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Collision at Sea: New Report Faults Crew of U.S. Submarine

Aired February 23, 2001 - 2:36 p.m. ET

THIS IS A RUSH TRANSCRIPT. THIS COPY MAY NOT BE IN ITS FINAL FORM AND MAY BE UPDATED.

LOU WATERS, CNN ANCHOR: CNN has learned of a new development in the nuclear submarine investigation.

Here's Jeanne Meserve in Washington.

JEANNE MESERVE, CNN ANCHOR: Well, Lou, Jamie McIntyre has learned some of the details of an internal Navy report on the collision between that U.S. submarine and the Japanese fishing vessel.

Let's go to him at the Pentagon -- Jamie.

JAMIE MCINTYRE, CNN MILITARY AFFAIRS CORRESPONDENT: Well, Jeanne, this is a preliminary Navy report that was never intended to be released. It formed the basis of the decision of the Navy to call a formal court of inquiry to look into what happened in that February 9 collision between the USS Greeneville and the Japanese fishing boat that cost nine lives.

Sources familiar with the investigation say that the report faults the crew of the submarine and also concludes that the presence of civilians on board was a factor in the accident, perhaps not the cause of the accident, but a factor, despite the Navy's earlier contention that there was no evidence the civilians played in role.

According to one source with access to the report, it found that the Greeneville's skipper, Commander Scott Waddle, was aware that there was a ship in the area of his submarine just before conducting what is called an emergency-surfacing drill. But he concluded it was a safe distance away after a visual search with the sub's periscope failed to detect it. And it also found that he not been told that, according to one calculation, the ship could be as close as two miles away.

The Navy report also concluded that the presence of 16 civilians in the submarine's cramped control room hampered communications, may have been a factor. In particular, Navy investigators are focusing on the performance of what is called the fire control technician, a member of the sonar monitoring team whose job it is to track the locations of ships on the surface.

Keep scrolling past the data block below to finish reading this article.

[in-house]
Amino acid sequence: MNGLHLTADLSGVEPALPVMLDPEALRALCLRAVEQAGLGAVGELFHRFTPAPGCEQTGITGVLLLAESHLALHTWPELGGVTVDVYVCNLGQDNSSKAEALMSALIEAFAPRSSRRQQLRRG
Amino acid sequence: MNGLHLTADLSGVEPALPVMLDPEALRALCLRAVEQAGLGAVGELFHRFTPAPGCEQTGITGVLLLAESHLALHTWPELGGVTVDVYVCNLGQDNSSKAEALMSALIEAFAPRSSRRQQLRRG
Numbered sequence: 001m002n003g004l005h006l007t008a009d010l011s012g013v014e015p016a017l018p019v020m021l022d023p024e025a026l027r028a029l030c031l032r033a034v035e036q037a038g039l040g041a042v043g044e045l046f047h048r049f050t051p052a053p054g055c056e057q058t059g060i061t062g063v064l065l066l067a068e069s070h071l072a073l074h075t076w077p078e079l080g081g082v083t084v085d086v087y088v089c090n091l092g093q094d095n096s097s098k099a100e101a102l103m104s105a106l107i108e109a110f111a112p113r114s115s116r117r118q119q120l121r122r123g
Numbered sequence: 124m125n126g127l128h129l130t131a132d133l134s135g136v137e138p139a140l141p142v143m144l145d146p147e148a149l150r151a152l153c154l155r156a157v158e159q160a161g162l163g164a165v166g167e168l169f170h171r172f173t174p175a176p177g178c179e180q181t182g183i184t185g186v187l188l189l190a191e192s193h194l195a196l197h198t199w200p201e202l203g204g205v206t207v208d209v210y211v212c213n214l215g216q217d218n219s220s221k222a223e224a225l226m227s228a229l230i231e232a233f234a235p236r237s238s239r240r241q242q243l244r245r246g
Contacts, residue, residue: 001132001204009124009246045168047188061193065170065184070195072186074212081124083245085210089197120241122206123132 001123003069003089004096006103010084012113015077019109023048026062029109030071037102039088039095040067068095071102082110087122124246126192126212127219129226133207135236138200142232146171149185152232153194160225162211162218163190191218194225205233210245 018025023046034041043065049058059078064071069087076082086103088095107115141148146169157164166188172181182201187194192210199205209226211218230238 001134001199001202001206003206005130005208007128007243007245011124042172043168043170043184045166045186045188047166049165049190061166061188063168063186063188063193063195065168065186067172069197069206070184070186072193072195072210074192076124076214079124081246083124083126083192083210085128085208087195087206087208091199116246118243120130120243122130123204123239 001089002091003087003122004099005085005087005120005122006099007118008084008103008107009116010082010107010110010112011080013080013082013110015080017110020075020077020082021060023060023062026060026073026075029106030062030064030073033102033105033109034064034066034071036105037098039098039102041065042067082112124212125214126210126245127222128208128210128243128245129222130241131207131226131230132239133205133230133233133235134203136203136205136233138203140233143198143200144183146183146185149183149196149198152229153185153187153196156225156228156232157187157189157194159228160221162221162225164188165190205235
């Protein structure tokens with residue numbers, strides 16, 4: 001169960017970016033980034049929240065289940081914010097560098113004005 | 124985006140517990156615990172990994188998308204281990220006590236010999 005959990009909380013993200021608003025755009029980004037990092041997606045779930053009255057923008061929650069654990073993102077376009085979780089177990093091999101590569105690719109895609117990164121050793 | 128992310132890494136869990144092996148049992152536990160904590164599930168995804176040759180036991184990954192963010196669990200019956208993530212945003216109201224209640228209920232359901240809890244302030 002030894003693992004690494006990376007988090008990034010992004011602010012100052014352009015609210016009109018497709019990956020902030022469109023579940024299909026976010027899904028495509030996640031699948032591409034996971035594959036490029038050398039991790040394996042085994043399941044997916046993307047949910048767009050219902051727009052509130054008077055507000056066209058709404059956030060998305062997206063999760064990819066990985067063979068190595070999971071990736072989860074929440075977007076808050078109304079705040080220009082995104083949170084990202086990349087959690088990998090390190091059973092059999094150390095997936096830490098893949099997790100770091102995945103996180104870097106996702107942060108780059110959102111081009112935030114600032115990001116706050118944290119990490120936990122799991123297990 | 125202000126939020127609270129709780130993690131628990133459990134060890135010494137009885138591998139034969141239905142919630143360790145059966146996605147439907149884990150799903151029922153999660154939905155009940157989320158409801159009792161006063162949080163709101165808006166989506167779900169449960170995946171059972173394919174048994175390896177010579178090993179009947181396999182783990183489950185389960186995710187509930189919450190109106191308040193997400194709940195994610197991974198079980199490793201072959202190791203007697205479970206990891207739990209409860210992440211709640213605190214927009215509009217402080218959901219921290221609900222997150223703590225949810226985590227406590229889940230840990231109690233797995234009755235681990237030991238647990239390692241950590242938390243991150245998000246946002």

According to sources with access to this report, it found that this sailor, who was plotting the location, at one point determined that this Japanese ship was just two miles away. And while the skipper was actually doing his periscope search, he recalculated its position as only a mile away. But the theory is that because at the time that he was doing that calculation the skipper was looking into the direction and pronouncing that the surface was clear, he decided that his calculations must have been in error and recalculated and decided the ship was about 9,000 yards away -- or nearly 5 miles away.

Still, that would violate a standing order that the submarine's skipper had to be notified of any contacts within five miles. The skipper has told investigators that he was not aware that the calculation put the ship that clear, and he might have conducted things differently had he known. But he decided, based on his visual search, that the way was clear. The submarine surfaced, came back up and hit the Japanese fishing boat.

All of this will become part of the investigation as the court of inquiry begins on this investigation. The formal inquiry begins next month -- Jeanne.

MESERVE: So more than one individual on the crew apparently bearing some responsibility, Jamie.

MCINTYRE: Well, right now, they're named as parties to the investigation -- that means they face possible court-martial down the road -- are the skipper, the executive officer and the officer of the deck. Those are all officers.

But it's possible that this sonar fire control technician, who is an enlisted man -- he has already told the NTSB that he didn't do part of his job, he said, because too many civilians were in the submarine -- he could also face possible charges of wrongdoing, although, at this point, he has not been named a party to the suit and has not been given legal representation. But that is something that could happen before the court of inquiry convenes on March 5.

MESERVE: Jamie, thanks so much -- Jamie McIntyre joining us from the Pentagon.

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